Ever wonder where old airplanes go when they retire? It's not to a retirement community in Florida. Most actually end up in so-called “aircraft boneyards” located primarily in the deserts of the Southwestern United States. These boneyards are basically junkyards for aircraft of all types.
1 million gadgets and counting… That’s how many outdated, broken or otherwise unwanted electronic gadgets ecoATM has helped keep out of landfills. ecoATM is a California-based e-waste recycling company which sets up small “ATM-like” automated kiosks at various locations around the United States giving you access to instant cash for feeding it cell phones, old tablets and MP3 players.
Does your city make the cut? A list of the top 10 cities with the greenest homes was released by online real estate broker Redfin, and these 10 cities are definitely heading in the right direction when it comes to green living.
Americans are addicted to green -- no, we're not talking about the "green" that's legal in a handful of states for medicinal use. We're talking about living a sustainable, eco-friendly lifestyle.
The EPA estimates that two to three million thermostats come out of service every year in the U.S., yet less than 10 percent of them are recycled properly.
Photo Source: Gary Jackson Typically, the goal is to get garbage out of the house and carted off to the landfill. That’s not the case here. Some creative, eco-minded individuals are taking trash and using it to construct full-fledged, livable housing. These homes are built from scrap metal, reclaimed lumber, soda cans and bottles, plastic waste, shipping containers, and plain old trash. Living in a “dump” has never been so sweet!
Some people see garbage as an opportunity. It takes quite a bit of imagination and ingenuity to transform household junk into innovative tech gadgets and doohickeys. Here are some of the coolest examples of how you can repurpose trash with a twist of tech.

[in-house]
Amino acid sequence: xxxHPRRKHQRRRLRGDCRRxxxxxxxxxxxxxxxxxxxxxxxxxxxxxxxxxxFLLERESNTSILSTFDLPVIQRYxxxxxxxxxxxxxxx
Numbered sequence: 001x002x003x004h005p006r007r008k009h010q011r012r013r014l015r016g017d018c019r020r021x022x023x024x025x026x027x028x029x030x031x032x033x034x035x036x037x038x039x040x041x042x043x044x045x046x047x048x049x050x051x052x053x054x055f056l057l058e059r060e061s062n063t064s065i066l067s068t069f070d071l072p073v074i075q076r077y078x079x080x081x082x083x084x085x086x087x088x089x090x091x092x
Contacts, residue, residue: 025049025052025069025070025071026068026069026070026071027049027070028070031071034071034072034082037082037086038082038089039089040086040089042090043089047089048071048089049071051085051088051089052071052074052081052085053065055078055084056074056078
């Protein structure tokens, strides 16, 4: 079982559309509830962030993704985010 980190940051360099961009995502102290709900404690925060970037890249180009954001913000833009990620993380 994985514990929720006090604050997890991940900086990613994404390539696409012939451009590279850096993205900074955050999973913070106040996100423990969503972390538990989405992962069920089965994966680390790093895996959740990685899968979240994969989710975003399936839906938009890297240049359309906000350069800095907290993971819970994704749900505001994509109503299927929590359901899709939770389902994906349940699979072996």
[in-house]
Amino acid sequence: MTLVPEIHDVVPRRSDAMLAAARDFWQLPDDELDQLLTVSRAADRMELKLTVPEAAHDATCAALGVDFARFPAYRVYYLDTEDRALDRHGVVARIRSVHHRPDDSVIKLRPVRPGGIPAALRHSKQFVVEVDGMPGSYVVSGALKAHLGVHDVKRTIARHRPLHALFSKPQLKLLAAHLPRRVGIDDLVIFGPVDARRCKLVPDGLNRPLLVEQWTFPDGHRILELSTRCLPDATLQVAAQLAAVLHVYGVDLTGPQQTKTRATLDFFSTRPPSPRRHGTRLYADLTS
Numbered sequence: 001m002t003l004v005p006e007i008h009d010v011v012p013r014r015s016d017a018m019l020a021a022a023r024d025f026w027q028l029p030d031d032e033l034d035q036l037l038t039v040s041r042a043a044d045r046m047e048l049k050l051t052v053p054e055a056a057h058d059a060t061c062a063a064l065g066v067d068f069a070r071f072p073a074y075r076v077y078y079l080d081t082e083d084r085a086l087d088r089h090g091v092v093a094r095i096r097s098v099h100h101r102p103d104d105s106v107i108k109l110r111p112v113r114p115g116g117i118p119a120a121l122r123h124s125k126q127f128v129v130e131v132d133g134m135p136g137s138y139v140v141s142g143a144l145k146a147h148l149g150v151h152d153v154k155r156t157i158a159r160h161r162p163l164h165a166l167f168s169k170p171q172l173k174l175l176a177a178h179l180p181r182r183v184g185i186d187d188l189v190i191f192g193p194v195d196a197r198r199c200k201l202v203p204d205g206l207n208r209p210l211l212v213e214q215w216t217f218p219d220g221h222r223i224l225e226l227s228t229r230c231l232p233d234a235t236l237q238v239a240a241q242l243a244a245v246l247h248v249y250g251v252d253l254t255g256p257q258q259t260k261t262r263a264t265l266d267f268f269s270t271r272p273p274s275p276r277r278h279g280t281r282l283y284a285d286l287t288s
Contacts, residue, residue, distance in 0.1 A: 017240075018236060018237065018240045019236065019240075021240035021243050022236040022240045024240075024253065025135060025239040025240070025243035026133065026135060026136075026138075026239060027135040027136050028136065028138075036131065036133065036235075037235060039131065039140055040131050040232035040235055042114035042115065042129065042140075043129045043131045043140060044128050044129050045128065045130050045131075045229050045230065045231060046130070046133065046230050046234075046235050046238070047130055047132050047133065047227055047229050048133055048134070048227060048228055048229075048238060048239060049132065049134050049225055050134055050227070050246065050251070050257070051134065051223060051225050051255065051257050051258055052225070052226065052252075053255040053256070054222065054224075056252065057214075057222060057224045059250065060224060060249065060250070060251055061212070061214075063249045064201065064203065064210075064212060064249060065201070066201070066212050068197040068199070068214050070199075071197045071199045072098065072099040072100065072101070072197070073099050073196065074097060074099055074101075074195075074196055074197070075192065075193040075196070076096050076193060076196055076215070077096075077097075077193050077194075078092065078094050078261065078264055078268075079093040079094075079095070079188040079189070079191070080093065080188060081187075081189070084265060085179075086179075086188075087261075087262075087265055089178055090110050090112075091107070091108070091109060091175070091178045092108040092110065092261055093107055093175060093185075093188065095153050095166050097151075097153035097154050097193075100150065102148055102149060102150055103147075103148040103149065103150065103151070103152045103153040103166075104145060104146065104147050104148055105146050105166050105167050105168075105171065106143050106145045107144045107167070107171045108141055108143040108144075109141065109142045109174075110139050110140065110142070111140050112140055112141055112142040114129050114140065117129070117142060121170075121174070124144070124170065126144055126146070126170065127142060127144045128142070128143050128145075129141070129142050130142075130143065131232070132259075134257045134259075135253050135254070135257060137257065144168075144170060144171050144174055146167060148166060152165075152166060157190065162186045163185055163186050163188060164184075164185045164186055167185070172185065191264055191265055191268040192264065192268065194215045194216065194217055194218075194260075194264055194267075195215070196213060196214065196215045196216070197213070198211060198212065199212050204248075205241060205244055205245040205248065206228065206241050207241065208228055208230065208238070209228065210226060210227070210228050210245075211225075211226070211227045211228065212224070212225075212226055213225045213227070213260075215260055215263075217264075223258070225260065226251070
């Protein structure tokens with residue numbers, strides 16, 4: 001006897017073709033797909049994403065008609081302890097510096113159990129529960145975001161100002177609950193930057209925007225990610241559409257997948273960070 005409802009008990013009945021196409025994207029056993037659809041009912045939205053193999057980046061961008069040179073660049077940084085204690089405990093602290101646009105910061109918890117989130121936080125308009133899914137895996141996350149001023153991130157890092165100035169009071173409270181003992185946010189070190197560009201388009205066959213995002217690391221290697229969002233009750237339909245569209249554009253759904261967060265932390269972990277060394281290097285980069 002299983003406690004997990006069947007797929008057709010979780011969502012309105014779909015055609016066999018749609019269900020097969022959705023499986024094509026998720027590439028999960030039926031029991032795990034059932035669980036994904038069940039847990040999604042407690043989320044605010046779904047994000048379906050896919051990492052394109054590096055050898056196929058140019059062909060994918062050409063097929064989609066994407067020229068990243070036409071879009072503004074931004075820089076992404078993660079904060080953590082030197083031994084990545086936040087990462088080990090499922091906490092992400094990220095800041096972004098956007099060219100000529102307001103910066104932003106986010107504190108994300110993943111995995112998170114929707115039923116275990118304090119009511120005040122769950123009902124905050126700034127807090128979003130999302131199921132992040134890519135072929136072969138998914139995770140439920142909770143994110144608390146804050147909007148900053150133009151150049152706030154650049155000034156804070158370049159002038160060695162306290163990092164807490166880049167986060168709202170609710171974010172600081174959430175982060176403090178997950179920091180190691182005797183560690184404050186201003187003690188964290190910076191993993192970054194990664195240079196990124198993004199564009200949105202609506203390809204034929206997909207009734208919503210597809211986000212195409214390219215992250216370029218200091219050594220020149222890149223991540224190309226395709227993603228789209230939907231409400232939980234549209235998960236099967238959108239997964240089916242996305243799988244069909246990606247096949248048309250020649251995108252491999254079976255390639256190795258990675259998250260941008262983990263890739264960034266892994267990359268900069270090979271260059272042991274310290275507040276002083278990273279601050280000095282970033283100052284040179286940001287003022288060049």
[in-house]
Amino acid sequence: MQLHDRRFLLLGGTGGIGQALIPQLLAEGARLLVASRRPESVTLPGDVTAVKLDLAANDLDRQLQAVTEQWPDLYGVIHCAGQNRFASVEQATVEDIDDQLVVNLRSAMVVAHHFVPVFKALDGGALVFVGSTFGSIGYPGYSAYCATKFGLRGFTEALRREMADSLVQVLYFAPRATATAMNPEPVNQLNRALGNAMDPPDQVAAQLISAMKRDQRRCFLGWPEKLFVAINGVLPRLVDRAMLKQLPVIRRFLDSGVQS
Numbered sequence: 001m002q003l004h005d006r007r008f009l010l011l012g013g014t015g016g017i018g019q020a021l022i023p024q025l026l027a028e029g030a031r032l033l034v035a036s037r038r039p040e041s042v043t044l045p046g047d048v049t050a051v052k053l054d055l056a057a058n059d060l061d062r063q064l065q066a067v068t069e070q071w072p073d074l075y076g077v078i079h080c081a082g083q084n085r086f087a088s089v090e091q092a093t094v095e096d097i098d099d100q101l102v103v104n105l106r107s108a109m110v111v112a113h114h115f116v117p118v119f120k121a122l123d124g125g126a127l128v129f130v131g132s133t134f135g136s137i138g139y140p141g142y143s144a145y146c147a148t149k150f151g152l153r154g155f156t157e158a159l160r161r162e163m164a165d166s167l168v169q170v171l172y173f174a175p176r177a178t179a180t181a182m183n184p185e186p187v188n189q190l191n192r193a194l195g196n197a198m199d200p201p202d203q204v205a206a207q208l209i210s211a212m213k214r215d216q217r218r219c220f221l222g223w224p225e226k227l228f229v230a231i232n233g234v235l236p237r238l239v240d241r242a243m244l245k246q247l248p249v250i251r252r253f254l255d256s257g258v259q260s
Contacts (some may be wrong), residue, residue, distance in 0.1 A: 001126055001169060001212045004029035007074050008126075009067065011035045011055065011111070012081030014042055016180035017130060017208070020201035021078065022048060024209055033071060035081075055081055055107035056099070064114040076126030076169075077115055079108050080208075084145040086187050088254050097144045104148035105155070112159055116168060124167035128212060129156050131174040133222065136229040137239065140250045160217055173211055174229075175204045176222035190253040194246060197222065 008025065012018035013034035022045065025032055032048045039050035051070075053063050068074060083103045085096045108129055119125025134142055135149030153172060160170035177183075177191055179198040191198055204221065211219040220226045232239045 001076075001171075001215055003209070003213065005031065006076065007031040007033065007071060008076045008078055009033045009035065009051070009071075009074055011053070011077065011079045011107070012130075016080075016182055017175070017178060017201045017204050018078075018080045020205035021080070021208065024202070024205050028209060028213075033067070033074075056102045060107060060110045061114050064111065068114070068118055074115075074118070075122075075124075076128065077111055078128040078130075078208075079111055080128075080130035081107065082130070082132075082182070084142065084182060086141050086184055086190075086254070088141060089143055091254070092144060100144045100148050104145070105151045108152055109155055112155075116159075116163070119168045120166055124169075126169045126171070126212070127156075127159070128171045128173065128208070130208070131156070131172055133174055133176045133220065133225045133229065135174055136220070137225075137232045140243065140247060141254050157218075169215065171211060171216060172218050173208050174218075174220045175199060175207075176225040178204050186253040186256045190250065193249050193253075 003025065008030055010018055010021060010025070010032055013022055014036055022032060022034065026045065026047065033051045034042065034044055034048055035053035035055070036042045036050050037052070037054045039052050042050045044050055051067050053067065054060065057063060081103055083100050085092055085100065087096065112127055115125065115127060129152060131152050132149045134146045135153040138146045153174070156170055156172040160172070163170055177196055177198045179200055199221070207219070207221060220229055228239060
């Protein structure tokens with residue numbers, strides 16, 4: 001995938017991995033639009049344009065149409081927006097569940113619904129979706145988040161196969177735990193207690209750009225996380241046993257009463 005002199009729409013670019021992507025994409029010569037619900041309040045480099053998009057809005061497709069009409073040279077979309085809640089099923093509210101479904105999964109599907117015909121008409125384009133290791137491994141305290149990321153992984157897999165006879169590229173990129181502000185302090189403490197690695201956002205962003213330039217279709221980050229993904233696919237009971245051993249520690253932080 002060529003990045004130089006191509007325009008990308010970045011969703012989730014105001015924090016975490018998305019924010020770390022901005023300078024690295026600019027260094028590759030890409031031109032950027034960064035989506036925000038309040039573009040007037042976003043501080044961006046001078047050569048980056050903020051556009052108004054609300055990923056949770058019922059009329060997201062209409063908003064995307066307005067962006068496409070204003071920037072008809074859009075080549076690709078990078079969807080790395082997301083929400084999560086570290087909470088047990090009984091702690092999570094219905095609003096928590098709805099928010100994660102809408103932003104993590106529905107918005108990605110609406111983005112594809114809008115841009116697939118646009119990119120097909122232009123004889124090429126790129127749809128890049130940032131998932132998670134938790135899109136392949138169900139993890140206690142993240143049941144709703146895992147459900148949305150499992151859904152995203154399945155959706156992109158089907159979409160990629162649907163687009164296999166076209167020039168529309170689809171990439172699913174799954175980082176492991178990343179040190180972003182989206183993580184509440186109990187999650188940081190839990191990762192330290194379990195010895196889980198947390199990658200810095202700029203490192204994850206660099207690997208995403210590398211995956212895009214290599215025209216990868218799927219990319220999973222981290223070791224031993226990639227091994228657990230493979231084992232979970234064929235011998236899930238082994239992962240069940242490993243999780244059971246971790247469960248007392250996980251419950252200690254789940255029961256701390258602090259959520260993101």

Plastic waste makes up more than 12-percent of all waste entering landfills in the U.S., according to 2010 figures from the EPA, which is equivalent to about 31 million tons. Only about 8-percent of this plastic trash was recycled, so that leaves quite a bit plastic junk lying around.
A group of young musicians living in a remote Paraguayan village located near a landfill view trash in a much brighter light than the rest of us. So many kids in the area were interested in playing music that there weren’t enough instruments to go around. Solution: Build musical instruments out of found materials at the landfill. Ceteura, Paraguay is a slum town situated virtually on top of a landfill. Many of the residents make their income by rummaging through the trash to find any valuables they can turn around and sell. For some, it’s their only way to make money.
Image via Wikimedia Commons; user: XAtsukex The City of San Jose, CA recently announced a partnership with Anaergia Services to construct a renewable energy facility at its wastewater treatment plant. The plant will extract biogas from sludge and convert it to heat and electricity.
Philips is at the cutting edge of futuristic and sustainable design for the home. Its Microbial Home system, winner of the 2011 red dot luminary design award, uses common household waste in ways you may have never thought possible.
An artist's rendering of Masdar City Smack dab in the middle of the desert is the location of one of the world’s greenest cities. Masdar City is located in Abu Dhabi, UAE. The city is actually still in the early stages of being developed, but several buildings are fully operational, including the Masdar Institute of Science and Technology.
Dallas, Texas is one of the biggest producers of garbage in the country, carting approximately 2.2 million tons of waste to landfills each year. City officials recently announced a “zero-waste plan” to try and recycle or reuse virtually all of the city’s municipal waste.
What to do with all the 250 million tons of trash that arrives at U.S. landfills each year...bury it, burn it, extract the methane? These things are all being done at modern landfills, but a new partnership between Waste Management and Renmatix may allow garbage to be converted to sugars for producing biofuel.
Are you sick and tired of stumbling upon illegal dumping sites in your community? Most responsible citizens are. A cool new app available on iPhone and Android devices lets you report these illegal garbage dumps quickly and easily. The TrashOut app is free and easy-to-use. To report an illegal dumping site, you simply snap a photo of it with your smartphone, press a button for the size and type of trash, include a comment with the picture and submit the photo via the app. The image is then loaded into TrashOut’s TrashMap, which plots all reported illegal dumping sites on a map of your geographic area.